“I think it’s understandable that we do need a new building,” said a faculty rep, “but we also have to invest in our human infrastructure.”

What Faculty Reps are Saying

The current strike is reportedly the first at NSCAD since 1986, with key issues for labour being compensation and workload, among other concerns.

Faculty union representatives say that after several years of forgoing adequate wage hikes in order to get NSCAD University in the black, they want to see progress again.

“We think that our proposals are reasonable proposals—we haven’t made them irresponsibly, we have costed everything out as realistically as we can,” said FUNSCAD president Mathew Reichertz on Monday. “There is an unwillingness at the moment for the administration to discuss some of our more substantial proposals—maybe because they have prioritized other things, like fundraising for a new building.”

The union says that it understands the need for physical infrastructure renewal—it just wants human infrastructure to be adequate as well.

“I think it’s understandable that we do need a new building,” says Reichertz, “but we also have to invest in our human infrastructure. We are not in a deficit position. There is money. There is just an unwillingness, it seems, to direct any of it towards us.”

The faculty union’s position has found support at the Canadian Association of University Teachers—a national organization with more than 72,000 members, many of whom are facing issues similar to those at NSCAD.

“Those who teach at NSCAD have the highest workload of any university in Canada,” contended CAUT president David Robinson in Toronto yesterday. Robinson says at most universities in Canada, faculty teach four or five courses over two semesters. But at NSCAD, he says, it’s six.

Robinson also says that he sees the issues NSCAD’s faculty union has raised around the rights of contract instructors being mirrored in other university campuses across the country.

“The issues of casualization and contingent faculty” are at hand, says Robinson. “About a third of the [NSCAD union] membership is precarious labour, and that is something we see across the country as well.” Many of these contract teachers only find out six weeks before a course starts whether they are working or not.

And this has impacts on students at NSCAD and elsewhere.

“When there is constant turnover in instructors, it can be hard for students to get references for employment or graduate studies,” Robinson noted. He says it’s sensible that art universities have the option for artists to teach contracts from time to time, but there’s a problem when the same people are having to be rehired semester after semester after semester.

“Anything that hurts NSCAD in the short or long term is bad for Halifax,” a city councillor stated.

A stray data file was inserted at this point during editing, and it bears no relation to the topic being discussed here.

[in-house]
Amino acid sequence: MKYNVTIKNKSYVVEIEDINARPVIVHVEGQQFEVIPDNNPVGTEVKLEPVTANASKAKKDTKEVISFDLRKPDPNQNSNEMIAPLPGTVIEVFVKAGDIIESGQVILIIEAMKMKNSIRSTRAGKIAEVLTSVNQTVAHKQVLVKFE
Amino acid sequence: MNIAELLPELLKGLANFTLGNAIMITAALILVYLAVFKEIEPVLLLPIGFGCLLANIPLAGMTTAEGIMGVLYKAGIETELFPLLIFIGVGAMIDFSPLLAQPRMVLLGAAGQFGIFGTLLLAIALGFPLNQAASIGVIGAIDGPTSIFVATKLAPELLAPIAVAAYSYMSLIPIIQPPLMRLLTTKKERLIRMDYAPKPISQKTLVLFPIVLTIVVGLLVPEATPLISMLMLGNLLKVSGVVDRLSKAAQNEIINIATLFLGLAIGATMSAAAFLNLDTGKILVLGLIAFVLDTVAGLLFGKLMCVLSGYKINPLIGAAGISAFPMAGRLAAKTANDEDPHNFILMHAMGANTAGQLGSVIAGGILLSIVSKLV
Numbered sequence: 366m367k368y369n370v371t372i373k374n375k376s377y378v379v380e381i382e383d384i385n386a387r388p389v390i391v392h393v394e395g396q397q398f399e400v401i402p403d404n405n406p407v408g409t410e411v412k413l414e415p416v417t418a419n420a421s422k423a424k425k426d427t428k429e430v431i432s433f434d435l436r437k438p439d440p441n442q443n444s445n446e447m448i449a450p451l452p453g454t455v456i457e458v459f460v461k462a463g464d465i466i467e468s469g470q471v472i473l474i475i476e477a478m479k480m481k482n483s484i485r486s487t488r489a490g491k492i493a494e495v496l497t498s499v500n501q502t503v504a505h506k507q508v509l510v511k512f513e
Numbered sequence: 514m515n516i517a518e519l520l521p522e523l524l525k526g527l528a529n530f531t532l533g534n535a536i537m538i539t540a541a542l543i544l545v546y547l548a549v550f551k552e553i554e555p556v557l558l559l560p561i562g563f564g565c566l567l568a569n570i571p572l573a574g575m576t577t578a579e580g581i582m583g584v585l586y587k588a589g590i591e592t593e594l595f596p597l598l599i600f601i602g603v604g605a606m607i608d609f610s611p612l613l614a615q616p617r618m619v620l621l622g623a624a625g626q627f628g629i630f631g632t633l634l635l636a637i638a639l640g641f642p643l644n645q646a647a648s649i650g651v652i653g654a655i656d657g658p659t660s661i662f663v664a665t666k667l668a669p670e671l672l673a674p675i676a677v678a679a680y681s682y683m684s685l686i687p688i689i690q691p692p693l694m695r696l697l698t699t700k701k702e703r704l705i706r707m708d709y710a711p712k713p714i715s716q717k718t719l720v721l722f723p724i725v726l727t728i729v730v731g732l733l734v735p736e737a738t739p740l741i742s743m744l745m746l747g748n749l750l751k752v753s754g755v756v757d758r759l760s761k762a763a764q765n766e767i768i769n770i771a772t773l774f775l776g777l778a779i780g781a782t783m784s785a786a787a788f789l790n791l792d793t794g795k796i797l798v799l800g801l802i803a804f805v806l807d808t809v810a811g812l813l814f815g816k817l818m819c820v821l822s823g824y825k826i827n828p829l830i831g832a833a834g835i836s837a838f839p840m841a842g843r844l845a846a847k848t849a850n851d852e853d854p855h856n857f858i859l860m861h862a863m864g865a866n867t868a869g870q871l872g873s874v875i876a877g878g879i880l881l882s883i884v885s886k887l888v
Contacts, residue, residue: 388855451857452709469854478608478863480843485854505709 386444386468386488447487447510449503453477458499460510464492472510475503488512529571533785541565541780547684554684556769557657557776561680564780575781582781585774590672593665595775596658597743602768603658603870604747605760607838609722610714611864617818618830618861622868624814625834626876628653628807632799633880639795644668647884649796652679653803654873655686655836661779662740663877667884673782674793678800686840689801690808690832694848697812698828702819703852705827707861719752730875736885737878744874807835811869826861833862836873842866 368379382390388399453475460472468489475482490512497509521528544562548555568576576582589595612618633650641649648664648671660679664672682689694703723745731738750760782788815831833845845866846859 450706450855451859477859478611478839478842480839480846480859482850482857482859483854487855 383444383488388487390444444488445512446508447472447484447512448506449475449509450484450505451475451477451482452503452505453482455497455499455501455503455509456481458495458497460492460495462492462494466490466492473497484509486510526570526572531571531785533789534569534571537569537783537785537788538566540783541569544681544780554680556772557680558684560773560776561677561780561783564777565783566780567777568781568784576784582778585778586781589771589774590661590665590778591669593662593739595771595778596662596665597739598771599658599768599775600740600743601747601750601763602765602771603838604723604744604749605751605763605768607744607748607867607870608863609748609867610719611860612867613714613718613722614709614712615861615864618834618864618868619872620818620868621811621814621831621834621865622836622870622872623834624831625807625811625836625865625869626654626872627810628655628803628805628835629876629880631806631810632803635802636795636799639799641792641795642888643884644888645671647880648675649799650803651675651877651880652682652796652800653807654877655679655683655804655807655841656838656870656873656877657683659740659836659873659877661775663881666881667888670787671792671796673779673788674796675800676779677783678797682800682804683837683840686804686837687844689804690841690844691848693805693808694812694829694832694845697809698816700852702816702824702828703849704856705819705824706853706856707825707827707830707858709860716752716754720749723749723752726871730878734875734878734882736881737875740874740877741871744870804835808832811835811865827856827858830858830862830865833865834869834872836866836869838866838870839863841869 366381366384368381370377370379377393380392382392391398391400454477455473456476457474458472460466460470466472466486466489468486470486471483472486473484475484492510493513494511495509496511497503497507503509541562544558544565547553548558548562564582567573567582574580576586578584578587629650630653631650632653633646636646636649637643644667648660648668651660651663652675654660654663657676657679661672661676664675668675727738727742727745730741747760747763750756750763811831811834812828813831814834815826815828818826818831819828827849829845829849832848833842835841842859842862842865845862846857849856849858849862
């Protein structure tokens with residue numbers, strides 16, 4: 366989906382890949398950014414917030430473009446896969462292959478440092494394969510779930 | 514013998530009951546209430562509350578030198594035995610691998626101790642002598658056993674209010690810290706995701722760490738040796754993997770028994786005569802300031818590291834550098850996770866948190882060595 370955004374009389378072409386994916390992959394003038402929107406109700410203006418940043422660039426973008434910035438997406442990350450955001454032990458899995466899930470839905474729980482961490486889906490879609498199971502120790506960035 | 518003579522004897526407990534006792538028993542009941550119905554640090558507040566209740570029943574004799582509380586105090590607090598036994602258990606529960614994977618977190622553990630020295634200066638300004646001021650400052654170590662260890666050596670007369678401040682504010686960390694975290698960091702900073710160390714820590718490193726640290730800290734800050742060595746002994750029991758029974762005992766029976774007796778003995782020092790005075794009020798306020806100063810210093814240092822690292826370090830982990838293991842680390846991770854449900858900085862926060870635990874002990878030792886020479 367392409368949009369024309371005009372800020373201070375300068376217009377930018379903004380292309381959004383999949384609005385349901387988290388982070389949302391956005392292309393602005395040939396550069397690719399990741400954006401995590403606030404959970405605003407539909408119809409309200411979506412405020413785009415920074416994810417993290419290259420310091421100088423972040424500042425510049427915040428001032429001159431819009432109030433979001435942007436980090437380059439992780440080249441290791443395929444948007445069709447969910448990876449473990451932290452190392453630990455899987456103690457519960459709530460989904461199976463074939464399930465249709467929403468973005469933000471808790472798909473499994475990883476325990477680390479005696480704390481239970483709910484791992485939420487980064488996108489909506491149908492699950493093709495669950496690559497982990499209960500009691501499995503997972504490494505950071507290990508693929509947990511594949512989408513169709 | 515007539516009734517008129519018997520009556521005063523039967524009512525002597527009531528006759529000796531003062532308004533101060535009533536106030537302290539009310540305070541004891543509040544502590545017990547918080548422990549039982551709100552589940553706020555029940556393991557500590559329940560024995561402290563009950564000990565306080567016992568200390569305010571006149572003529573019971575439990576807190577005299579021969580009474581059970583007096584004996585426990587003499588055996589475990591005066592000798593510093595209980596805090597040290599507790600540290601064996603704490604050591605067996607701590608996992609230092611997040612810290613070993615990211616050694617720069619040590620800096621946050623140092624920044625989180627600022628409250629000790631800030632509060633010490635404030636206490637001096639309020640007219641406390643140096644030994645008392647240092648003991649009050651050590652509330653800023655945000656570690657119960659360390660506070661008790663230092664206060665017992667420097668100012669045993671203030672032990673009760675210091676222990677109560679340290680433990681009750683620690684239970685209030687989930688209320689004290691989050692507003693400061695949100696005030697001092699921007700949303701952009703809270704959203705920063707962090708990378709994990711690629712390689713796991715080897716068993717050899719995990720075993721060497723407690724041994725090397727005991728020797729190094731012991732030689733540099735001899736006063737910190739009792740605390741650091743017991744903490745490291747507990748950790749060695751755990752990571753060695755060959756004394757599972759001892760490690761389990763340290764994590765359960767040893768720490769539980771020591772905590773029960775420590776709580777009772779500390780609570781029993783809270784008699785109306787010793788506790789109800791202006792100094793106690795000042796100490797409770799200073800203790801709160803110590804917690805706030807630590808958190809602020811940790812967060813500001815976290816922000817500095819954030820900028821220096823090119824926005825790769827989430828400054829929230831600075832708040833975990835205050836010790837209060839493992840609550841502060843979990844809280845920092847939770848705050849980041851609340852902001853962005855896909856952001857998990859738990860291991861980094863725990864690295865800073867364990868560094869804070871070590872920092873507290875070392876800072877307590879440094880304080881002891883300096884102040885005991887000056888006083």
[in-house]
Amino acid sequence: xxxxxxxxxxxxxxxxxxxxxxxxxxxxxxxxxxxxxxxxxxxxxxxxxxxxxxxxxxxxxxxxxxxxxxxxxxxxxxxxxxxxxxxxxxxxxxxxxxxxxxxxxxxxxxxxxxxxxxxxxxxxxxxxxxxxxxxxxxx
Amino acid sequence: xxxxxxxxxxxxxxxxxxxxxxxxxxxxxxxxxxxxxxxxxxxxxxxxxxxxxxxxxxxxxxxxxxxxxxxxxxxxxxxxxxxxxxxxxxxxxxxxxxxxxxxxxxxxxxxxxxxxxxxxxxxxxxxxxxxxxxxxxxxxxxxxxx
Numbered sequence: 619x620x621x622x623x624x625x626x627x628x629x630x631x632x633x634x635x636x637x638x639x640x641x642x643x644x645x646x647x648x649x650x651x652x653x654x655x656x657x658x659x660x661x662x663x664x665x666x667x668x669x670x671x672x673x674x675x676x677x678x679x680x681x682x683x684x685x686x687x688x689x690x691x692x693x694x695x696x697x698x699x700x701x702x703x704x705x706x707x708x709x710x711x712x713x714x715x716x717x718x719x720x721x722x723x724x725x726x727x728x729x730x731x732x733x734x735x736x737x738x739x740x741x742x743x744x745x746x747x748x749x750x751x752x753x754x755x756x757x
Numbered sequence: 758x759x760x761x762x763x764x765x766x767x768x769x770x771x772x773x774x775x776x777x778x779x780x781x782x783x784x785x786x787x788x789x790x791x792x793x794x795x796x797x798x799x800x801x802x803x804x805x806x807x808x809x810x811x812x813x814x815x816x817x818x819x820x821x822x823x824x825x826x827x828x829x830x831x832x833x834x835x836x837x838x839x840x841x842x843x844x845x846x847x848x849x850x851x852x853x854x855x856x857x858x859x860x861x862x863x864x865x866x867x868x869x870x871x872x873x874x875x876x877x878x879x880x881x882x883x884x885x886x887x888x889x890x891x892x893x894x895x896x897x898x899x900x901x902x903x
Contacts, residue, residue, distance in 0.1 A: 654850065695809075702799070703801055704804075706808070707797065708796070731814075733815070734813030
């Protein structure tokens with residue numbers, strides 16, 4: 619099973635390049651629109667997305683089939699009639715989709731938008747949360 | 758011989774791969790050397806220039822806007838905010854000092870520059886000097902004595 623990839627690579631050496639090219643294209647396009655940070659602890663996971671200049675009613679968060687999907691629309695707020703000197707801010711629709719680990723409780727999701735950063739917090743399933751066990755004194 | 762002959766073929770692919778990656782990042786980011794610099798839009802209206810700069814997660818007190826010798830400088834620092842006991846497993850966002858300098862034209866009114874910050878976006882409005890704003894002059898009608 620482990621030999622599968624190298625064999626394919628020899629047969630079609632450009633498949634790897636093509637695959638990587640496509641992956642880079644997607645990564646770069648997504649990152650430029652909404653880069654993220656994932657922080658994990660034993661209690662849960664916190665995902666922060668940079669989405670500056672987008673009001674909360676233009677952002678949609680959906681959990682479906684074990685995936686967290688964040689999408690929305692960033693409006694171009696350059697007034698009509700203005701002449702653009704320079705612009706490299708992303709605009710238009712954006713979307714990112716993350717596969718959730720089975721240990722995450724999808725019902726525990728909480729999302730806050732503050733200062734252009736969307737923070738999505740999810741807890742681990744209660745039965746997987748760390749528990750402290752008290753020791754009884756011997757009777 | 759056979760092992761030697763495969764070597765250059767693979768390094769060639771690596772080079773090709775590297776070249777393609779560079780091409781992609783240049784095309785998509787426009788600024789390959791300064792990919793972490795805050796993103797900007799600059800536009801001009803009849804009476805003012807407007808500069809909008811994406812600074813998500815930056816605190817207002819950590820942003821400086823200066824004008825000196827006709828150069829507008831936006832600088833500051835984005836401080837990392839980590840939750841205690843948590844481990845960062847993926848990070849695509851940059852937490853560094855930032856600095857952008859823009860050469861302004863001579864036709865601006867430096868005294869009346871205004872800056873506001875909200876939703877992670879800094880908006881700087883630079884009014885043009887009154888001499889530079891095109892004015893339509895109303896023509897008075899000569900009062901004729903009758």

What the Government is Saying

Over at the Nova Scotia Ministry of Labour and Advanced Education, representatives are hoping the strike will be resolved soon.

“We encourage the parties to resolve their differences at the negotiating table,” said a ministry spokesperson via email on Monday. “As always, the department’s conciliation and mediation services are available to assist the parties in reaching a collective agreement and we encourage the parties to take advantage of these services.”

Regarding the latter point, the union and administration already met at least 18 times to negotiate in recent months, and at least five times during conciliation sessions as well. The previous contract expired in July 2018.

Waye Mason, city councillor for Halifax South Downtown, says the NSCAD strike has an impact on the city that he is concerned about.

“I think it [the strike] is really unfortunate, NSCAD is an important part of the fabric of our cultural community, and adds vitality across our entire community,” Mason said in an email to Canadian Art. “Anything that hurts NSCAD in the short or long term is bad for Halifax.”

Mason is also concerned about the impact on the city’s cultural scene in particular.

“From craft and visual art to indirectly, all art and creative industries, this strike has an impact,” Mason stated. “I worked in music for years and a lot of our best musicians came out of NSCAD. A lot of part-time faculty are active artists who are now going to face struggles in their day to day because of loss of income.”

Mason’s son is in his second year of studies at NSCAD, he added, saying “I hope it [the strike] is resolved soon.”

“We are encouraging students to join the picketing,” said a student union VP, “because the longer the picket line, the shorter the strike.”

What Will Come Next?

Despite their differences on terms, both the union and the administration have expressed a common interest in having more dialogue and resolving the strike, which began on March 1, quickly.

“We are hopeful that there’s some movement on their part and that we can reach and agreement as quickly as possible,” said Mathew Reichertz of FUNSCAD. “The faculty don’t want to be out on strike. And the students support us which is fantastic, but we don’t want to put them through a strike either.”

In a Chronicle-Herald article on March 1, the first day of the strike, NSCAD president Dianne Taylor-Gearing also expressed a similar sentiment.

Back at NSCAD, another student, undergraduate Peri McFarlane—also VP Financial of the NSCAD Student Union—says that she will continue joining the faculty picket when possible in hopes the strike comes to an end as soon as possible.

“The sooner the strike ends the better, but until then we are standing in solidarity,” McFarland told Canadian Art on Monday. “We are encouraging students to join the picketing, because the longer the picket line, the shorter the strike.”

MFA student Alex Linfield also continues to support faculty—and understands students may be in their shoes someday, too.

“As MFA students, we came here because there is a focus on pedagogy, which means we are interested in being faculty at other universities someday,” Linfield told Canadian Art on Monday. “We have no interest in bargaining down our future as educators.”

Leah Sandals

Leah Sandals is a writer and editor based in Toronto. Her arts journalism has appeared in the Toronto Star, National Post and Globe and Mail, among other publications, and her creative work has been published in Prism, Room and Freefall. She can be reached via